Advocates: Little help for renters at Jersey Shore

Posted: June 15, 2013

Advocates for renters and lower-income people displaced by Sandy say they are glad the Jersey Shore is open for business.

But don't forget the bulk of the people who live there, they say.

In an extraordinarily tight rental market, one whose noose was pulled tighter by summer rental rates that kicked in last month, the advocates say not enough is being done to help those people.

Many of the renters work in that same Shore tourism industry being touted by everyone from Gov. Christie to President Obama and Harlem Globetrotter Handles Franklin.

"For homeowners, they say we have to make sure this all gets set up right away," said Adam Gordon of the Fair Share Housing Center in Cherry Hill. "But if you are a renter, there's not really a [recovery] center for you. 'We'll get to you eventually.' "

As though to prove the point, the Department of Community Affairs - whose commissioner, Richard Constable, held media conference calls to detail programs to distribute federal aid to homeowners - took more than 24 hours to respond to a request for information on programs aimed at renters.

The answer? "There is no additional information on the assistance programs for renters at this time," spokesperson Tammori Petty said.

Gordon said the goal of stabilizing blue-collar Shore communities was in jeopardy if the state did not also find a way to keep displaced and priced-out renters in those year-round neighborhoods.

"They're giving out $10,000 grants for homeowners to stay in their communities," Gordon said. "There's nothing like that for renters. The landlords are raising rents because of a shortage of rental housing after Sandy. More people are becoming displaced."

Staci Berger, executive director of the Housing and Community Development Network of New Jersey in Newark, said an incentive program for landlords that subsidizes rents for two years had not been popular.

"There is resistance on the part of landlords because the rentals are for two years," Berger said. "Once the subsidy goes away, the burden is on the landlord to evict" renters who cannot afford the market-rate rent. "The demand is so strong; the rents are so strong. The incentive is not enough."

Berger and Gordon complained there was not enough outreach aimed at the people most affected by the storm. Physical centers set up in the nine affected counties are for homeowners, not renters, to get information and apply for federal aid.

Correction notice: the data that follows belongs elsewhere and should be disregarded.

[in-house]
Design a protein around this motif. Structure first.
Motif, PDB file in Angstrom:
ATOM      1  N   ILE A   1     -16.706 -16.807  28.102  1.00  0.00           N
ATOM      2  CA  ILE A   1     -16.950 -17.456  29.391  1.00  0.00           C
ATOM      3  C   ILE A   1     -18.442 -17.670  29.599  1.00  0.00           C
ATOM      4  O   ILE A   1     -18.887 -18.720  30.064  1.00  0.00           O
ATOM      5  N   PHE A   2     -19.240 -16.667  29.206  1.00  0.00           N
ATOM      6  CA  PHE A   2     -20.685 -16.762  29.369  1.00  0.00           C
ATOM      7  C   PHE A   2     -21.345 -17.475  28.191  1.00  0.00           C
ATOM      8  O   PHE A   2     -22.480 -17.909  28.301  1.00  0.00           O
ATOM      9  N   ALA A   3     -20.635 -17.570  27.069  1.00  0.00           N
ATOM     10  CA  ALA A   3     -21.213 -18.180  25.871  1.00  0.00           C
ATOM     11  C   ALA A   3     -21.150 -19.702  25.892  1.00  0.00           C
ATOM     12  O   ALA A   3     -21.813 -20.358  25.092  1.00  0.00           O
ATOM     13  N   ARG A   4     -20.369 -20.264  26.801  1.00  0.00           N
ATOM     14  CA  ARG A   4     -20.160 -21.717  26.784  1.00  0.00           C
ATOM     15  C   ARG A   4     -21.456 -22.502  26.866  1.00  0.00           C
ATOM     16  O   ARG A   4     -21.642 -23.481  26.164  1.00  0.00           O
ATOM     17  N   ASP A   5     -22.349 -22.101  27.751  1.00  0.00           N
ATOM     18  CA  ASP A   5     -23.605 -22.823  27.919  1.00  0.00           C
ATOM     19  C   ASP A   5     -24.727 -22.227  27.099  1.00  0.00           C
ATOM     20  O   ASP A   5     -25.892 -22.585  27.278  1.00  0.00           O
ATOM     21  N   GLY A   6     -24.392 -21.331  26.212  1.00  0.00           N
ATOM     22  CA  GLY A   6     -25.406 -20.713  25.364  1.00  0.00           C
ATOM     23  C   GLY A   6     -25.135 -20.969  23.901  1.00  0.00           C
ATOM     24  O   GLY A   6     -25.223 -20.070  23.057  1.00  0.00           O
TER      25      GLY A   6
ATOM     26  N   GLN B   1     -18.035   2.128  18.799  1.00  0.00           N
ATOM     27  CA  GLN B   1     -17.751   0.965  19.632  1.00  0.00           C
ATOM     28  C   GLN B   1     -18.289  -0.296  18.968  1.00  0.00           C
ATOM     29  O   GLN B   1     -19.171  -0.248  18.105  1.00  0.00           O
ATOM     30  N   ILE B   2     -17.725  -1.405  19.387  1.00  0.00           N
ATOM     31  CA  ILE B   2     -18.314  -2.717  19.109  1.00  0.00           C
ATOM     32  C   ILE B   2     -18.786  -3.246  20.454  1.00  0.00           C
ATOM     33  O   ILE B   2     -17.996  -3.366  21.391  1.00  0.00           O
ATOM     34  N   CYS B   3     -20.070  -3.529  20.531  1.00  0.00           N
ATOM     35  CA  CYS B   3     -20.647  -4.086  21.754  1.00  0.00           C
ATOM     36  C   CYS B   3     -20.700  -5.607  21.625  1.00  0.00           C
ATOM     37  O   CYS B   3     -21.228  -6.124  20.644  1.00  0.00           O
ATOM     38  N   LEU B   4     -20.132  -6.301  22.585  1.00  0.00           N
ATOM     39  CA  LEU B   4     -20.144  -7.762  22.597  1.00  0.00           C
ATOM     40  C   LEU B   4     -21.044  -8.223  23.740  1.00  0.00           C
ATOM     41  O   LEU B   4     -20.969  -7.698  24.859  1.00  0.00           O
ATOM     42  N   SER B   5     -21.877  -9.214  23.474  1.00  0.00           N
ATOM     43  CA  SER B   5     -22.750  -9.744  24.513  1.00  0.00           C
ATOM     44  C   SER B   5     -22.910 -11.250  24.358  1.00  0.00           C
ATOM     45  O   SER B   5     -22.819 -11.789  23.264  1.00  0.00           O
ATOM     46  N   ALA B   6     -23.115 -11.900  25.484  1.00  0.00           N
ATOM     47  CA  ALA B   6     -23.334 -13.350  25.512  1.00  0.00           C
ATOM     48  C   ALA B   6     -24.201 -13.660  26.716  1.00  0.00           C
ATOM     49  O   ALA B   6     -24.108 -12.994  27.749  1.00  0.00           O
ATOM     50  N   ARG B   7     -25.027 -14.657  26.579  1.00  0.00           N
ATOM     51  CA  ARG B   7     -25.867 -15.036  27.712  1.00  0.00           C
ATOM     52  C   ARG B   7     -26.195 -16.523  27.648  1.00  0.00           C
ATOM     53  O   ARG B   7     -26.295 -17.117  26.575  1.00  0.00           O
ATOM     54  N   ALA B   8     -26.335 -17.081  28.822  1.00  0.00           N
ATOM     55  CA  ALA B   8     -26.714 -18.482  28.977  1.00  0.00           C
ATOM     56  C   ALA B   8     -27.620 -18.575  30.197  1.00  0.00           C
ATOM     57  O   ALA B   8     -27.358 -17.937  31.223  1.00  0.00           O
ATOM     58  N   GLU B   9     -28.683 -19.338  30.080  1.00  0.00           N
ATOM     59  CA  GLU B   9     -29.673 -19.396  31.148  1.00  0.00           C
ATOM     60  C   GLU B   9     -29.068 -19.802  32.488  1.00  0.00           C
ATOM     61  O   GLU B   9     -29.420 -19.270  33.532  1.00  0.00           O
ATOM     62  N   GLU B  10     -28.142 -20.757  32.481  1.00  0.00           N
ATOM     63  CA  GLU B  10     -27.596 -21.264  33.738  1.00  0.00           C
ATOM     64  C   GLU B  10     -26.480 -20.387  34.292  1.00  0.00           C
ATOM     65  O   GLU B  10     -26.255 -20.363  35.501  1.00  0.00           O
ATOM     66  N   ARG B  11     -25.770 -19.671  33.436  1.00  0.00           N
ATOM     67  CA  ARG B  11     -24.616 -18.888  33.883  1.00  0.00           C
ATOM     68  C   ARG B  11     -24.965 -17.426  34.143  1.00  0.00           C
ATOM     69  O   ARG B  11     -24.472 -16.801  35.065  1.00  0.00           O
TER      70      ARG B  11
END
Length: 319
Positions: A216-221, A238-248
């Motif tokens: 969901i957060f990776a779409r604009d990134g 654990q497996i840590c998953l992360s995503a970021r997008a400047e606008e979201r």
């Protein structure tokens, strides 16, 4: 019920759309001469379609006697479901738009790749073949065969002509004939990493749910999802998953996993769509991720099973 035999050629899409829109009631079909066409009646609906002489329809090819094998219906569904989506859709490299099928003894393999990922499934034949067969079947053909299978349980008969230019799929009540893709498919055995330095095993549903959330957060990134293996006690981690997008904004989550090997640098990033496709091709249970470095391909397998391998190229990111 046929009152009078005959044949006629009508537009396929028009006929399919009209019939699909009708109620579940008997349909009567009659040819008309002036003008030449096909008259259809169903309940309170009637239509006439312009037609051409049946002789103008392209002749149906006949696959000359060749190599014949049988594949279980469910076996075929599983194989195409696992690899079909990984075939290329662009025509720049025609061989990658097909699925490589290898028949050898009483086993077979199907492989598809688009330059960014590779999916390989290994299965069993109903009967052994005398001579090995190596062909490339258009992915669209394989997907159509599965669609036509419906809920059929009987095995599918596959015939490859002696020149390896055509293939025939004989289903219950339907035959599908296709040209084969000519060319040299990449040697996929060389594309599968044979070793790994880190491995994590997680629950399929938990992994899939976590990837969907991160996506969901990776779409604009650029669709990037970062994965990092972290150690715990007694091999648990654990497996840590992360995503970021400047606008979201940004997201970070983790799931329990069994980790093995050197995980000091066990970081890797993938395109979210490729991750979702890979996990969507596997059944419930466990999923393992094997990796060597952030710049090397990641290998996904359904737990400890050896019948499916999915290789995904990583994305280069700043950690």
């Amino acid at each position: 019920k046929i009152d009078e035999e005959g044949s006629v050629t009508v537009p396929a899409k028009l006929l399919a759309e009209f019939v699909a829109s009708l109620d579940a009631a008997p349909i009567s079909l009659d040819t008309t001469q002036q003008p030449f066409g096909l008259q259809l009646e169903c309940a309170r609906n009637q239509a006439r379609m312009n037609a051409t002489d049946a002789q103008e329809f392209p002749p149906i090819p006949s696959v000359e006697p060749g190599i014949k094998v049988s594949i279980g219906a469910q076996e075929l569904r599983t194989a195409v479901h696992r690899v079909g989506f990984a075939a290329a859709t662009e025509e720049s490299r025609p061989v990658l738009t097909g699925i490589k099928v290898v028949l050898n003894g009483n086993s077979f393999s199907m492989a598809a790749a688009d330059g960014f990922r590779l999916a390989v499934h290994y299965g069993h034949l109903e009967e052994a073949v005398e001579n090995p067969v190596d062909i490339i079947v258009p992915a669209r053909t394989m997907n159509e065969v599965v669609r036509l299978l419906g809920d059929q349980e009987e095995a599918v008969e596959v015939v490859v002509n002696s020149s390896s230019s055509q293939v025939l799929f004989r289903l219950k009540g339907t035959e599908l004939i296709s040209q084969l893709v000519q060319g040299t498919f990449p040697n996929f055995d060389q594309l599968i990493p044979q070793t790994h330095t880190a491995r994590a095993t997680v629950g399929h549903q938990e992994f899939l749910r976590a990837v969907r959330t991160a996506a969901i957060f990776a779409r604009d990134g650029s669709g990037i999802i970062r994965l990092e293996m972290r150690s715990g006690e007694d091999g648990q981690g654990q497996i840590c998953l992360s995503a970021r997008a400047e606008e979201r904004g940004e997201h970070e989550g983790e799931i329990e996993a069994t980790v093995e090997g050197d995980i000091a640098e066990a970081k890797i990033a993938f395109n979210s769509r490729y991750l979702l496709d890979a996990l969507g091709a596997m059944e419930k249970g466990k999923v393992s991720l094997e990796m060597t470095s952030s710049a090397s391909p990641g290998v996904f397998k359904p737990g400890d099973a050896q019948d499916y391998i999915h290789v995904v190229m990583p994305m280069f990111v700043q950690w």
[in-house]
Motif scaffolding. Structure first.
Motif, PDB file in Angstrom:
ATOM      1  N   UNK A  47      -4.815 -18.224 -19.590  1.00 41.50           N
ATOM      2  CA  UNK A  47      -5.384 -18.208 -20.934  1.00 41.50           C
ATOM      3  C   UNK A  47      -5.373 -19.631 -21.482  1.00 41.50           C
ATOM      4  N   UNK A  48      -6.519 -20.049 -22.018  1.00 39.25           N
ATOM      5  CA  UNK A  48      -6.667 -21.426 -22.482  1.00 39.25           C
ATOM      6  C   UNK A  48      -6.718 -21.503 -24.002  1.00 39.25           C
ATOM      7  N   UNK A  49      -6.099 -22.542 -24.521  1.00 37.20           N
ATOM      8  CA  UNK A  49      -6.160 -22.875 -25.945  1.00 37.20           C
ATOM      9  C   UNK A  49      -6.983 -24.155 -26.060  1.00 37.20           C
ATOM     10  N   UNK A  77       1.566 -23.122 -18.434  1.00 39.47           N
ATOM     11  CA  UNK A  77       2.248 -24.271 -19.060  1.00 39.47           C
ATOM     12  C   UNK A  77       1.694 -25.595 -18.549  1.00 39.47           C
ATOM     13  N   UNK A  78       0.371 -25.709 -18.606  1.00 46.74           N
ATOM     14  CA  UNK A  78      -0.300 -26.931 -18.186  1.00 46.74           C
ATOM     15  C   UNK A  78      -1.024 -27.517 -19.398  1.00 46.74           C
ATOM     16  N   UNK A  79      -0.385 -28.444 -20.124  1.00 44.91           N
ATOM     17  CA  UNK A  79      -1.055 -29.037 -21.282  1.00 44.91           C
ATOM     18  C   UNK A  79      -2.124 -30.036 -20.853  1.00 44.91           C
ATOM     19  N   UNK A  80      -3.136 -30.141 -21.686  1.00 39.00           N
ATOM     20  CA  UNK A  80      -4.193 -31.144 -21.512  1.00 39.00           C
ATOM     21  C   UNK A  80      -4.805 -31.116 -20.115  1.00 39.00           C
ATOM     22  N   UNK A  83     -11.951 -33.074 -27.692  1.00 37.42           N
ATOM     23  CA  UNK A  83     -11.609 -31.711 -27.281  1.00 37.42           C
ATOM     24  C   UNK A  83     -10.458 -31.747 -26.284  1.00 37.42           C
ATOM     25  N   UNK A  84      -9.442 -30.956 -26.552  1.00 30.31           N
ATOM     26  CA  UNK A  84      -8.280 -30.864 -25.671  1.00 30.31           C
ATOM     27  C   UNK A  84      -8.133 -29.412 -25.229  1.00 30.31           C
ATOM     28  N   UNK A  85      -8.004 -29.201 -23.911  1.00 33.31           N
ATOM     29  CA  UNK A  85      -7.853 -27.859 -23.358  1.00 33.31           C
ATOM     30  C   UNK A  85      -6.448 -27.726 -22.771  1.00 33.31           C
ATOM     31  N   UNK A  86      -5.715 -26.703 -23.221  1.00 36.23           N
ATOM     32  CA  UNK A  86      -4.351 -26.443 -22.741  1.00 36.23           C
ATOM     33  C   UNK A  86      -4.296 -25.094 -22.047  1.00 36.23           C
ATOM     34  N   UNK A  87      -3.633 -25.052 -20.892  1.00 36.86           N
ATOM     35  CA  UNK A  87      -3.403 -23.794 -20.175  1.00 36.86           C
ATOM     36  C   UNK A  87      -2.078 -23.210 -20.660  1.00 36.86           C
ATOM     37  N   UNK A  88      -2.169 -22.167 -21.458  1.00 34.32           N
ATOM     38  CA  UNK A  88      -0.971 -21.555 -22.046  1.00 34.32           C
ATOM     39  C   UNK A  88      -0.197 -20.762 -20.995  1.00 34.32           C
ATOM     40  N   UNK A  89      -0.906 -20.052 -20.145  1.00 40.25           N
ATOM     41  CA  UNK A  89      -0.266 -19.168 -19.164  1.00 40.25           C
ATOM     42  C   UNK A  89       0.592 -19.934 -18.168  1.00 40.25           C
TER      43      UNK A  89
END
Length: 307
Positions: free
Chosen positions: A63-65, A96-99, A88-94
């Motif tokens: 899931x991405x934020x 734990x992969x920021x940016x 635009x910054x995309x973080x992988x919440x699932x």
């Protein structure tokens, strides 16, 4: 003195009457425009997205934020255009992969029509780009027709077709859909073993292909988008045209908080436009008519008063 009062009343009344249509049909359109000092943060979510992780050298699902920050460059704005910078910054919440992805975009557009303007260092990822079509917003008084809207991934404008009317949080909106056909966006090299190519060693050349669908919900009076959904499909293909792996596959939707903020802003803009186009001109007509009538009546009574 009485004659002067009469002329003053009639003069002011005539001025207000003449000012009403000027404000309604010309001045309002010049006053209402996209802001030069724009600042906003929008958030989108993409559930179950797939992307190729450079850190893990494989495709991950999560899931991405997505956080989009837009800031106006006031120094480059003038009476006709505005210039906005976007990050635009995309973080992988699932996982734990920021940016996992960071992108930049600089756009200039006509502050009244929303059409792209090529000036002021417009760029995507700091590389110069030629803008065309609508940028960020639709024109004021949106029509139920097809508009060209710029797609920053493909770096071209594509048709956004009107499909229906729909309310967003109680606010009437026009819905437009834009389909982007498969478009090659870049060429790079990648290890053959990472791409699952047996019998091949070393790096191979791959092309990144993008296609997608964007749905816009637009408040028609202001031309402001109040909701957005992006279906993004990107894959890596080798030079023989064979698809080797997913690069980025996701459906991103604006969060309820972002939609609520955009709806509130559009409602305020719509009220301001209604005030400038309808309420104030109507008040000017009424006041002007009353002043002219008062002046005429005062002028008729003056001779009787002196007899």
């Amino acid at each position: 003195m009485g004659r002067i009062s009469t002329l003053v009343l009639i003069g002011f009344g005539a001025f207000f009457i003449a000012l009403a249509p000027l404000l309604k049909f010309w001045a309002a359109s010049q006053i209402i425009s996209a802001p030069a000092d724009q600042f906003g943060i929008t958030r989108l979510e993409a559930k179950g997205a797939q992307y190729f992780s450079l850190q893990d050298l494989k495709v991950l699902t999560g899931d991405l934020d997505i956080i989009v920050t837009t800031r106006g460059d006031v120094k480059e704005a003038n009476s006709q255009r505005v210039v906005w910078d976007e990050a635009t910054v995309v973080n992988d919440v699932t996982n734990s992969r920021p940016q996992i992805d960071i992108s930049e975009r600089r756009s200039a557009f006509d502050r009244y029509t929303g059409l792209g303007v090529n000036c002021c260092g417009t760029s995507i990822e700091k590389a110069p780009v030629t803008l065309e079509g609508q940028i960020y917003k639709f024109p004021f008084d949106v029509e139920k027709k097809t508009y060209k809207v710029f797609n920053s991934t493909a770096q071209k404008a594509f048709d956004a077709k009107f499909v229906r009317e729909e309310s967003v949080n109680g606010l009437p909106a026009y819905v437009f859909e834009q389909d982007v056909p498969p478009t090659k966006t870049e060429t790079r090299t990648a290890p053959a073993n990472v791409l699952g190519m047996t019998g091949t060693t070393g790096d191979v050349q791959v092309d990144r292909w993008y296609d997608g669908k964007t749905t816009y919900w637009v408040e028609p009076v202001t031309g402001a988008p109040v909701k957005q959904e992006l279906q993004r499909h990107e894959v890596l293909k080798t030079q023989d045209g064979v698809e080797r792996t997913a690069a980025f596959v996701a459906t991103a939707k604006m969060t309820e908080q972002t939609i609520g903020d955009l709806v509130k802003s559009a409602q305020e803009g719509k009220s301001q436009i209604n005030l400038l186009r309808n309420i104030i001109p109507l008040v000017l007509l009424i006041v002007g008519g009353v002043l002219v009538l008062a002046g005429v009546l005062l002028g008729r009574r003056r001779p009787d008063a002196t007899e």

"It's frustrating to see the governor say the Shore is back," Berger said. "In New York, you see ads for people to call and get help.

"It's totally appropriate to promote economic industry, but it's not the only thing. It's not enough that it's open. What about people still living in a motel, doubling and tripling up with families? They are not getting the same level of attention."

As far as homeowners looking for a share of the $1.8 billion federal disaster relief, Petti said to date, 5,575 people had applied for the $10,000 grants, which require them to stay in their homes or communities for three years. More than 6,000 have applied for grants of up to $150,000 to rebuild and renovate their houses. There are 11,657 applications.

The website ( indicates the state hopes to help 6,300 renters through various programs, some aimed at helping landlords rebuild, others at providing assistance. The homeowner assistance goal is 18,000.

Renters, Berger said, are in a bind. "The vacancy rate in Monmouth and Ocean Counties is less than 1 percent," she said. In Atlantic County, rentals are also scarce, especially because winter rentals have yielded to vacation weeks.

Displaced homeowners are now entering the rental market after being unable to rebuild. "It's difficult to gauge," she said. "People are moving around. Former homeowners are now in the rental market. We now have a huge demand and no supply. People are going further and further away from where they live."

Contact Amy S. Rosenberg at 609-823-0453,, or follow on Twitter @amysrosenberg.

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